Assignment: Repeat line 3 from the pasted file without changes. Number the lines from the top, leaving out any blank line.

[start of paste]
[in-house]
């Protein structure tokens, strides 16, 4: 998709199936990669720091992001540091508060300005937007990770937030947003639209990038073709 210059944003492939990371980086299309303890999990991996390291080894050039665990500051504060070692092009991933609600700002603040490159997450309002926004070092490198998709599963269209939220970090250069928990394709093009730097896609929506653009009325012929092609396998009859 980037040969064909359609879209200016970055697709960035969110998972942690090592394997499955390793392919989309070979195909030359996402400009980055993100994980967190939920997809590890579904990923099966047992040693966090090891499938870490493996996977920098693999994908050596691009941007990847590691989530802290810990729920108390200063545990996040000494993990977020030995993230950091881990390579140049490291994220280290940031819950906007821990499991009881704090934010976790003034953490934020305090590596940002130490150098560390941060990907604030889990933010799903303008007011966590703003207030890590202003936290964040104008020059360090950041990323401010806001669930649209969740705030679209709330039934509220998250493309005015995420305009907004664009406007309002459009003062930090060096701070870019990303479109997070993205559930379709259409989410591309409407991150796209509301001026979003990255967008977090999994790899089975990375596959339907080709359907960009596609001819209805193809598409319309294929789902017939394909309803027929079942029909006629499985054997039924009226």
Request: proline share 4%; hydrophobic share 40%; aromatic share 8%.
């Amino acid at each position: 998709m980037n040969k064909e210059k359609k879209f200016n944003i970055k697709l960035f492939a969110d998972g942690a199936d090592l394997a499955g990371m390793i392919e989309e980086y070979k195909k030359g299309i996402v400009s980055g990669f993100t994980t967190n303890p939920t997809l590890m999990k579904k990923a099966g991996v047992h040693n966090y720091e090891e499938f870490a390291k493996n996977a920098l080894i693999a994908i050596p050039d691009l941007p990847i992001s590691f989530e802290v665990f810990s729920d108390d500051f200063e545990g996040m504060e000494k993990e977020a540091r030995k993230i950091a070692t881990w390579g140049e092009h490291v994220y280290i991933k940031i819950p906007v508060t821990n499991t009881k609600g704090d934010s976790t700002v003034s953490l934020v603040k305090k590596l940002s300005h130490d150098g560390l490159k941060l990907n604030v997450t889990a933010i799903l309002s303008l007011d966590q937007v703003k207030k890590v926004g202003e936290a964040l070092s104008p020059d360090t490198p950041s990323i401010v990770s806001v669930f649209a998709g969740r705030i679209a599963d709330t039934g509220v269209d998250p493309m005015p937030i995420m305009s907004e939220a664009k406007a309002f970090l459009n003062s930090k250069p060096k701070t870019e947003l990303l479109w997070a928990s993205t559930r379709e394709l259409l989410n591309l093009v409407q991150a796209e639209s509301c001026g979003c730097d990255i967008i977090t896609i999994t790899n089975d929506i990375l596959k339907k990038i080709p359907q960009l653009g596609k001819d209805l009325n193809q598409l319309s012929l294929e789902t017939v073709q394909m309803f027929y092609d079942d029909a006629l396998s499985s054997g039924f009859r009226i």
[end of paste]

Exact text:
Request: proline share 4%; hydrophobic share 40%; aromatic share 8%.